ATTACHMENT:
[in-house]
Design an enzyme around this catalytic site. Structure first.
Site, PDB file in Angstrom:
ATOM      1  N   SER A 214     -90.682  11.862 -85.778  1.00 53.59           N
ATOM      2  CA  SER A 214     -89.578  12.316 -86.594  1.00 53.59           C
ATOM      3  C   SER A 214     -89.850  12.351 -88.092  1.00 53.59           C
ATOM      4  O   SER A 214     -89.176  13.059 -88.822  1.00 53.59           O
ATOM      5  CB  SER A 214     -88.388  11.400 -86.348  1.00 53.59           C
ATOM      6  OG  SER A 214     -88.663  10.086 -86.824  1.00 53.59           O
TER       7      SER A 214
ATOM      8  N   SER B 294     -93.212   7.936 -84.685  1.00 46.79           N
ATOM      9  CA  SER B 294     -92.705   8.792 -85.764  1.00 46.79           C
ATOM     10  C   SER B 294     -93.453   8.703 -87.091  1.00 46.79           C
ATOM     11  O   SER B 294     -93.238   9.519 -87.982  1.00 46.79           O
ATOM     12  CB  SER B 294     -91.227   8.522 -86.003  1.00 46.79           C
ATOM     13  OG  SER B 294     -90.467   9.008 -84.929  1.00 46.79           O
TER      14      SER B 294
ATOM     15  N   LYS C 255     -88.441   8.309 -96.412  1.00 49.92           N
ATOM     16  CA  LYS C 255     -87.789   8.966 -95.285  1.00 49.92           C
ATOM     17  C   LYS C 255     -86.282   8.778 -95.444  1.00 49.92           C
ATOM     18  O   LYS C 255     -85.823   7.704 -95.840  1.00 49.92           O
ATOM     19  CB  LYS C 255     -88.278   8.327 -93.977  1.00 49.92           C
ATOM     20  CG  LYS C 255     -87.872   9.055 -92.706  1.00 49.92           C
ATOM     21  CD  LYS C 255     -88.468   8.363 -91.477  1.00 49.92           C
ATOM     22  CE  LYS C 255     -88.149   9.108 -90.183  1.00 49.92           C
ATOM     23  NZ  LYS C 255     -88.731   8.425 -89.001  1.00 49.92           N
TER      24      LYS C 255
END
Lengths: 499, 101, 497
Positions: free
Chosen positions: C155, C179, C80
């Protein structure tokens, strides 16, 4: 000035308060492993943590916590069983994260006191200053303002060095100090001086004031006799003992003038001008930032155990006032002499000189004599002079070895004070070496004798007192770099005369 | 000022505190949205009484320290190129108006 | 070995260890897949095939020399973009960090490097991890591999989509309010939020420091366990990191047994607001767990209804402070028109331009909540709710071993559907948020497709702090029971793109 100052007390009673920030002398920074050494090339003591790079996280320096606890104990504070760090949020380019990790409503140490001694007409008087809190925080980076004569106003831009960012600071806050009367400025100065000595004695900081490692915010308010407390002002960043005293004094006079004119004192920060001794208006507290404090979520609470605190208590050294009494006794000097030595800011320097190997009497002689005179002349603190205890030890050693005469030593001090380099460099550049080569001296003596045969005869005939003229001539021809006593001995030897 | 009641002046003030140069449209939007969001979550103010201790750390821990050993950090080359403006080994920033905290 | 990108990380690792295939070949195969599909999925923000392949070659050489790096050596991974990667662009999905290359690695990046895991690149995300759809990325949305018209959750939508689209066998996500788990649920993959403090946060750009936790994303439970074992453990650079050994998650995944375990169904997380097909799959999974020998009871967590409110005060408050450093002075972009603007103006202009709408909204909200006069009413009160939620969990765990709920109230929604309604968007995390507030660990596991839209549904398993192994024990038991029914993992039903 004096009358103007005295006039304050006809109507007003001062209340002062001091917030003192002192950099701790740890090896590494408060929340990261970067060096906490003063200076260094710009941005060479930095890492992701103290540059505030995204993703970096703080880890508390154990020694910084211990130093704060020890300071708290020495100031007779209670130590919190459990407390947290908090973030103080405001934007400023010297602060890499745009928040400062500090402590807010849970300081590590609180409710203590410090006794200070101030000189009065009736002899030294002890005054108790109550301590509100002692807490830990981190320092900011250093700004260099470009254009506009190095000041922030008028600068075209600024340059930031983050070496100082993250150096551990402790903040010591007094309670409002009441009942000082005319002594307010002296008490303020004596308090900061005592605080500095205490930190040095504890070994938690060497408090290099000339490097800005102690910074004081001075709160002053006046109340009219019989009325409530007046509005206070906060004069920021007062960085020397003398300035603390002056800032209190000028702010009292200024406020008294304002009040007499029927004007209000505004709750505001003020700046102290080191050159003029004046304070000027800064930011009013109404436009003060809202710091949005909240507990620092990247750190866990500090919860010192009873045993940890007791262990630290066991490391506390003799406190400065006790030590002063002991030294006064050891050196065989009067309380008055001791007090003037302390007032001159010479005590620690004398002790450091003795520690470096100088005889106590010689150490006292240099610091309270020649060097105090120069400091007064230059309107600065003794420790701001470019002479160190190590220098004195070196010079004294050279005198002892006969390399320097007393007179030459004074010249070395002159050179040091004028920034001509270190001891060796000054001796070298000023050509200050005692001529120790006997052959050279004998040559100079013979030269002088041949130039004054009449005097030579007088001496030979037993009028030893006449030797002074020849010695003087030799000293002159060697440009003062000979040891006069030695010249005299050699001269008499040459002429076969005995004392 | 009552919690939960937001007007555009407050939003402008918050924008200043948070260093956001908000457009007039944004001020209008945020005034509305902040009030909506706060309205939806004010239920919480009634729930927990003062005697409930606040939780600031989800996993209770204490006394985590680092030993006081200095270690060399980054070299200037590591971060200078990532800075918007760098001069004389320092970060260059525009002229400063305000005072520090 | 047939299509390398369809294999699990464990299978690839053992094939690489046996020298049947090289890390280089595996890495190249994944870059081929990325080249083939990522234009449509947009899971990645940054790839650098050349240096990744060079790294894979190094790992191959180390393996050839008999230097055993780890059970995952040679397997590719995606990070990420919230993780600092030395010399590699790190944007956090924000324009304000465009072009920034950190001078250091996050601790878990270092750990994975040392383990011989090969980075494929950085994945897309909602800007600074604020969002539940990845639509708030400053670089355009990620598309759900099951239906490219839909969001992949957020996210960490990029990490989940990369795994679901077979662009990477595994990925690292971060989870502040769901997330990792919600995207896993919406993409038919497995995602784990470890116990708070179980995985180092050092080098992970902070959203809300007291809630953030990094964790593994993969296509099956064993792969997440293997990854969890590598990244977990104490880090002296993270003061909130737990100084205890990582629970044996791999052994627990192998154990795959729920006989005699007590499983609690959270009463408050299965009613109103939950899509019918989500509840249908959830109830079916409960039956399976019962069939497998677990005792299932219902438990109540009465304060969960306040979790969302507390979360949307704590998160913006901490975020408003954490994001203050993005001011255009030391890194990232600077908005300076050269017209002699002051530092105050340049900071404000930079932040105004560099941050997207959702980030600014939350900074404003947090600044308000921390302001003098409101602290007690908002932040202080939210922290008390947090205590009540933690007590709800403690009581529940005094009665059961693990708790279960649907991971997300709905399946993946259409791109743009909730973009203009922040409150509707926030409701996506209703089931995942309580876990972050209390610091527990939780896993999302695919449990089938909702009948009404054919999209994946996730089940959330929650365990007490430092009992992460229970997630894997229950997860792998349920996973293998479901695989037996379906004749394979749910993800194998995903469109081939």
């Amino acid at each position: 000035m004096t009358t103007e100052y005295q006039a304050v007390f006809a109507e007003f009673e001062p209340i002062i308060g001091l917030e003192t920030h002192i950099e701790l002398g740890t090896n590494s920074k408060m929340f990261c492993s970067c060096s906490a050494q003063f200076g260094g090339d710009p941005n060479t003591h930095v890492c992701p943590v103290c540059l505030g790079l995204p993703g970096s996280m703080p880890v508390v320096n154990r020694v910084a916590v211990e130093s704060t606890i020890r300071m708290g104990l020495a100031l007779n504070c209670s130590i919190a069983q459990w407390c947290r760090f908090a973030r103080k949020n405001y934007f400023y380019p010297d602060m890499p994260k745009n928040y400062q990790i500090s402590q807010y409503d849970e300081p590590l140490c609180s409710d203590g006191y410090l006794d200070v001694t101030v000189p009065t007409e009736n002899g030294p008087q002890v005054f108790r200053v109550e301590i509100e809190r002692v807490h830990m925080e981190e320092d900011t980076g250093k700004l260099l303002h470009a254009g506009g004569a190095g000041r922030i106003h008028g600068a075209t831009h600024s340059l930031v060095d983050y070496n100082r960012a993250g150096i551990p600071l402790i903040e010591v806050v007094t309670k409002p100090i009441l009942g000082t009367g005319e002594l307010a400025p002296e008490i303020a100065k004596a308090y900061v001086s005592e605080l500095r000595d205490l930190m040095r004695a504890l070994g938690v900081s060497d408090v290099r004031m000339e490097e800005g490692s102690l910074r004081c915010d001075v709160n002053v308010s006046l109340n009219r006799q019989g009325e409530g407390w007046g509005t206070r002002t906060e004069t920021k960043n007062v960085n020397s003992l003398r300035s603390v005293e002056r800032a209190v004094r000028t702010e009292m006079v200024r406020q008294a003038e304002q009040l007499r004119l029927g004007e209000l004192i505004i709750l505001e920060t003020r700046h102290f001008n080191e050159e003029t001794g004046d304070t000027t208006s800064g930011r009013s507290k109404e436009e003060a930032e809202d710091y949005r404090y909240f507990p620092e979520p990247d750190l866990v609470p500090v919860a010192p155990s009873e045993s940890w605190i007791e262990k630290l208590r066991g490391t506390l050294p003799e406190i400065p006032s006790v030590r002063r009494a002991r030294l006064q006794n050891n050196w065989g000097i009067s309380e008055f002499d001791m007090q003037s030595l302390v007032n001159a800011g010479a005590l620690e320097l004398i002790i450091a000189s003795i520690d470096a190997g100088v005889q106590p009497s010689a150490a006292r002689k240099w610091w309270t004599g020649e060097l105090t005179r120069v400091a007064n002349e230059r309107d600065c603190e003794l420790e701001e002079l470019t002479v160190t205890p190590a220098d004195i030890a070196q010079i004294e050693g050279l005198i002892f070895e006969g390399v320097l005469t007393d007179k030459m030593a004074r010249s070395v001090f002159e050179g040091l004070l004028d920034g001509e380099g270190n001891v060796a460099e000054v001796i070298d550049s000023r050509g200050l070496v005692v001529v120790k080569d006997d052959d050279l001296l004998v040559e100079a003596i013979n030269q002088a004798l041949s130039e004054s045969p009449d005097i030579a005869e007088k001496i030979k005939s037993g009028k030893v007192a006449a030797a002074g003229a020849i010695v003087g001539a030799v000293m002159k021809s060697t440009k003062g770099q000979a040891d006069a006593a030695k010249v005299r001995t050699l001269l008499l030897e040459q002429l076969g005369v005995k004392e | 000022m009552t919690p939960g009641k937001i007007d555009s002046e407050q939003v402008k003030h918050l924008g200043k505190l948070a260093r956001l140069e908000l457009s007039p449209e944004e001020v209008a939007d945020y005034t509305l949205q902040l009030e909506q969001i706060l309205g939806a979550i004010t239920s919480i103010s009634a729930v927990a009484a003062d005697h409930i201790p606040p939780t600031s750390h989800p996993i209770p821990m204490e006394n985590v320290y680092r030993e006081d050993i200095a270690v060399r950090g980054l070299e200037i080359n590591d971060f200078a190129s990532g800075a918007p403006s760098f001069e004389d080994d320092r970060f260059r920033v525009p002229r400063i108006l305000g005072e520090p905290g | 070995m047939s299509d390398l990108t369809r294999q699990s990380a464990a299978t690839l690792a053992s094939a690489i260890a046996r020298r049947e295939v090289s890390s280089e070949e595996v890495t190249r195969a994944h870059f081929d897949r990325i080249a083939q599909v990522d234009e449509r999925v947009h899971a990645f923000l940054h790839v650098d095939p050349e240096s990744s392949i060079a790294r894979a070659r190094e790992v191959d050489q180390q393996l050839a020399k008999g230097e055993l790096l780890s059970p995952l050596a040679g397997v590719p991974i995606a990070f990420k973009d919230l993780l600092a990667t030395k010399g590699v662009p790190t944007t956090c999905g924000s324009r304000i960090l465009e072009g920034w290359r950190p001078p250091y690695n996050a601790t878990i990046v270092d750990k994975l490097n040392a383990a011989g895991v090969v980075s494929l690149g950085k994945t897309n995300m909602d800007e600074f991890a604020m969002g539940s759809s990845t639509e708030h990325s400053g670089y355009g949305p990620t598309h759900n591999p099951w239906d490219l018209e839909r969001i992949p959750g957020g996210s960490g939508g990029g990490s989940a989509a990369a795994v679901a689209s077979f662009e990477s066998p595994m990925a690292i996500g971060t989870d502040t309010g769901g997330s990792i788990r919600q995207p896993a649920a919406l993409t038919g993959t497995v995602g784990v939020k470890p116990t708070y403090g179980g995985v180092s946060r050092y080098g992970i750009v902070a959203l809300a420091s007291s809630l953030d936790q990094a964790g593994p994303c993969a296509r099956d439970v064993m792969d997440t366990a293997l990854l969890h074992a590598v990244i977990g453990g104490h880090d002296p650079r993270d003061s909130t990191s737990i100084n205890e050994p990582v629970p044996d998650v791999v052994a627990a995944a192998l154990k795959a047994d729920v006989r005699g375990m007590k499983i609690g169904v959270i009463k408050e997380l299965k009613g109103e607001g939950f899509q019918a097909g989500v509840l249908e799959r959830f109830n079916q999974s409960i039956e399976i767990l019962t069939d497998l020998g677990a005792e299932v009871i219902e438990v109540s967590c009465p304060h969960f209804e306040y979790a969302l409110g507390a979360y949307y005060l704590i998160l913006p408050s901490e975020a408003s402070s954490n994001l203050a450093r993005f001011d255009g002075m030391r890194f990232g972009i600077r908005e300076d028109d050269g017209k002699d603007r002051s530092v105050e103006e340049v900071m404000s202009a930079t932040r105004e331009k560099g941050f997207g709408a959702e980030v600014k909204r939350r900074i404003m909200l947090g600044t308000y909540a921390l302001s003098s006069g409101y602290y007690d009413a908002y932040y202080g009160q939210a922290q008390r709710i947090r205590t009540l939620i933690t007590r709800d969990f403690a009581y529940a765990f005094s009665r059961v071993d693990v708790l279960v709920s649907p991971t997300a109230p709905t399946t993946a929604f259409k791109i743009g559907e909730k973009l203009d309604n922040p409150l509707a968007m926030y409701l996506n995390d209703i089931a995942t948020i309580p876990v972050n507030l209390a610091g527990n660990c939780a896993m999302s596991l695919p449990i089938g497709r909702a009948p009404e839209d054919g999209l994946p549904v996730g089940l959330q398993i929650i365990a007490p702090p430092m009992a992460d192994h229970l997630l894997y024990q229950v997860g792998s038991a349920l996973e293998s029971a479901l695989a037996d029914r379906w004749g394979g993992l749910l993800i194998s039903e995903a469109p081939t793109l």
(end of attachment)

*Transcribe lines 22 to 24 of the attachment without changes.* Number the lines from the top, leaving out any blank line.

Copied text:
ATOM     19  CB  LYS C 255     -88.278   8.327 -93.977  1.00 49.92           C
ATOM     20  CG  LYS C 255     -87.872   9.055 -92.706  1.00 49.92           C
ATOM     21  CD  LYS C 255     -88.468   8.363 -91.477  1.00 49.92           C